Mandeville Films & Televisions David Hoberman & Todd Lieberman In Talks To Split & Pursue Separate Projects

EXCLUSIVE: Mandeville Films and Television partners and co-owners David Hoberman and Todd Lieberman could be ending their 20+ year run together.

Deadline understands that the pair, who are behind feature films including Disney’s live-action Beauty and the Beast and Amazon’s The Aeronauts and have racked up more than $4B in domestic box-office receipts, are in talks to go their separate ways.

The company, which was also behind USA Network’s hit television series Monk, was originally founded in 1995 by former Disney President of Production Hoberman with Lieberman becoming his partner in 2001.

The duo are considering a number of possible scenarios where they pursue their own projects, while still occasionally partnering on films. Reps for the company declined to comment.

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It would mark a split at one of Hollywood’s longest-running film and television partnerships.

The company had a very long running deal on the film side at Disney Studios Motion Pictures, since the 1990s but signed a first-look deal at Universal Pictures in 2018.

Mandeville was also behind features such as Jake Gyllenhaal’s Boston Marathon drama Stronger, Julia Roberts’ Wonder, which was based on R.J. Palacio’s best-selling YA novel, Mark Wahlberg’s David O. Russell-directed The Fighter, Jason Segel and Amy Adams’ The Muppets.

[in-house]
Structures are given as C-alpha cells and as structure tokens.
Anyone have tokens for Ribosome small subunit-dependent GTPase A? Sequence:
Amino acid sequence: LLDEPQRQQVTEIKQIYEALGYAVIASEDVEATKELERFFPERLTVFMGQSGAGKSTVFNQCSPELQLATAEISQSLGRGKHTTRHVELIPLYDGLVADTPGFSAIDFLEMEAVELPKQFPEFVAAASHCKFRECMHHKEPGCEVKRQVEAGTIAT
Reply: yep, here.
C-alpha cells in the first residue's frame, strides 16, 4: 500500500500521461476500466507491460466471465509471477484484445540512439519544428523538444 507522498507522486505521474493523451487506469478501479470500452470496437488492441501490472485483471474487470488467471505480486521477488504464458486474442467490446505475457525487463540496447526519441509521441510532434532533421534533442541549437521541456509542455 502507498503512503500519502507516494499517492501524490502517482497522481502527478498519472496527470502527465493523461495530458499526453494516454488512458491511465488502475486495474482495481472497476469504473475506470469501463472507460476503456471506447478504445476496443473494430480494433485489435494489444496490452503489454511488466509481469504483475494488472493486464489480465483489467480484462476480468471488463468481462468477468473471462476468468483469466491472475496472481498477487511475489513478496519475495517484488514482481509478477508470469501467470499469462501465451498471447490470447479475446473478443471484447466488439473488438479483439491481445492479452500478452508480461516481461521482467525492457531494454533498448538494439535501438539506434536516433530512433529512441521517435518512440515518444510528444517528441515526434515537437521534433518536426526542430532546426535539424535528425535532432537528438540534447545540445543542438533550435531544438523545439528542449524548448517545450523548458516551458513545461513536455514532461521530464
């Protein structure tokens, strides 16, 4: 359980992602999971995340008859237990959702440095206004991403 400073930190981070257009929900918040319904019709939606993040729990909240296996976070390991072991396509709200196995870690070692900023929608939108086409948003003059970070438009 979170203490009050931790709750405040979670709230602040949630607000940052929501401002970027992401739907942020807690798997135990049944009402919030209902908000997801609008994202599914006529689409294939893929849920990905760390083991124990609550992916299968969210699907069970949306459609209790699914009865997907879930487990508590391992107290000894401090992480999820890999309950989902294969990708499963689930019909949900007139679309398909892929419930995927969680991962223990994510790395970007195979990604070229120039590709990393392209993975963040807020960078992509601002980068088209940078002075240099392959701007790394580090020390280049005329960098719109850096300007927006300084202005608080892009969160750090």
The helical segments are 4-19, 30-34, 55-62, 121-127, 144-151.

It currently has a number of films on the cards including Rescue Rangers with Andy Samberg and John Mulaney, White Bird: A Wonder Story with Helen Mirren and Gillian Anderson, which is set for September 2022 release, and Shotgun Wedding starring Jennifer Lopez for July 2022.

On the TV side, in addition to producing eight seasons of Tony Shalhoub-fronted Monk, it also produced a slew of series for ABC including Detroit 1-8-7, Wicked City, The Family and The Fix as well as Netflix’s Hit & Run, the action thriller from Fauda’s Lior Raz that ran for one season on the streamer.

The Hoberman/Lieberman split comes after Laurie Zaks, who was head of television at the company for seven years, left to set up her own ABC Signature-based shop Rosewood Television.

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